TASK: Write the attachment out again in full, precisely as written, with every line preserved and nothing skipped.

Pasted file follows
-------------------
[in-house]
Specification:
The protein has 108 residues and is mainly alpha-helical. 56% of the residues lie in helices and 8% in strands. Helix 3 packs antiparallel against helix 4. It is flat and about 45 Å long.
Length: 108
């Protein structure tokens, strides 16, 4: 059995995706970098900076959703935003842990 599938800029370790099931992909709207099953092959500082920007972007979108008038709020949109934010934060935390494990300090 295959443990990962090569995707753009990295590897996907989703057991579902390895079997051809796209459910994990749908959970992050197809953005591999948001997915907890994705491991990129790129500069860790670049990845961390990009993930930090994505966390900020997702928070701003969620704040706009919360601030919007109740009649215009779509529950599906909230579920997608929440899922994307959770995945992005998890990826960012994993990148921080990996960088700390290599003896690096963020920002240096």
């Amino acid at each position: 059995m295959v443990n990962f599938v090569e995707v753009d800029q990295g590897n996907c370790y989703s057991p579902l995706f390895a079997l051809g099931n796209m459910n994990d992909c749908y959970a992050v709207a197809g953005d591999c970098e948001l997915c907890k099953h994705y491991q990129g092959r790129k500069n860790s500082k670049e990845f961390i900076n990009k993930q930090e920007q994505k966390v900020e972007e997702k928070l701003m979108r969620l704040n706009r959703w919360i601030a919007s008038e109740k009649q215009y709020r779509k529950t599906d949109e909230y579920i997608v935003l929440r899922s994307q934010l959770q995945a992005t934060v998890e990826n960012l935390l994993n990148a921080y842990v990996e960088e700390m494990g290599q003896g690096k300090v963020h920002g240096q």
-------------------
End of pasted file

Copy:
[in-house]
Specification:
The protein has 108 residues and is mainly alpha-helical. 56% of the residues lie in helices and 8% in strands. Helix 3 packs antiparallel against helix 4. It is flat and about 45 Å long.
Length: 108
């Protein structure tokens, strides 16, 4: 059995995706970098900076959703935003842990 599938800029370790099931992909709207099953092959500082920007972007979108008038709020949109934010934060935390494990300090 295959443990990962090569995707753009990295590897996907989703057991579902390895079997051809796209459910994990749908959970992050197809953005591999948001997915907890994705491991990129790129500069860790670049990845961390990009993930930090994505966390900020997702928070701003969620704040706009919360601030919007109740009649215009779509529950599906909230579920997608929440899922994307959770995945992005998890990826960012994993990148921080990996960088700390290599003896690096963020920002240096």
């Amino acid at each position: 059995m295959v443990n990962f599938v090569e995707v753009d800029q990295g590897n996907c370790y989703s057991p579902l995706f390895a079997l051809g099931n796209m459910n994990d992909c749908y959970a992050v709207a197809g953005d591999c970098e948001l997915c907890k099953h994705y491991q990129g092959r790129k500069n860790s500082k670049e990845f961390i900076n990009k993930q930090e920007q994505k966390v900020e972007e997702k928070l701003m979108r969620l704040n706009r959703w919360i601030a919007s008038e109740k009649q215009y709020r779509k529950t599906d949109e909230y579920i997608v935003l929440r899922s994307q934010l959770q995945a992005t934060v998890e990826n960012l935390l994993n990148a921080y842990v990996e960088e700390m494990g290599q003896g690096k300090v963020h920002g240096q």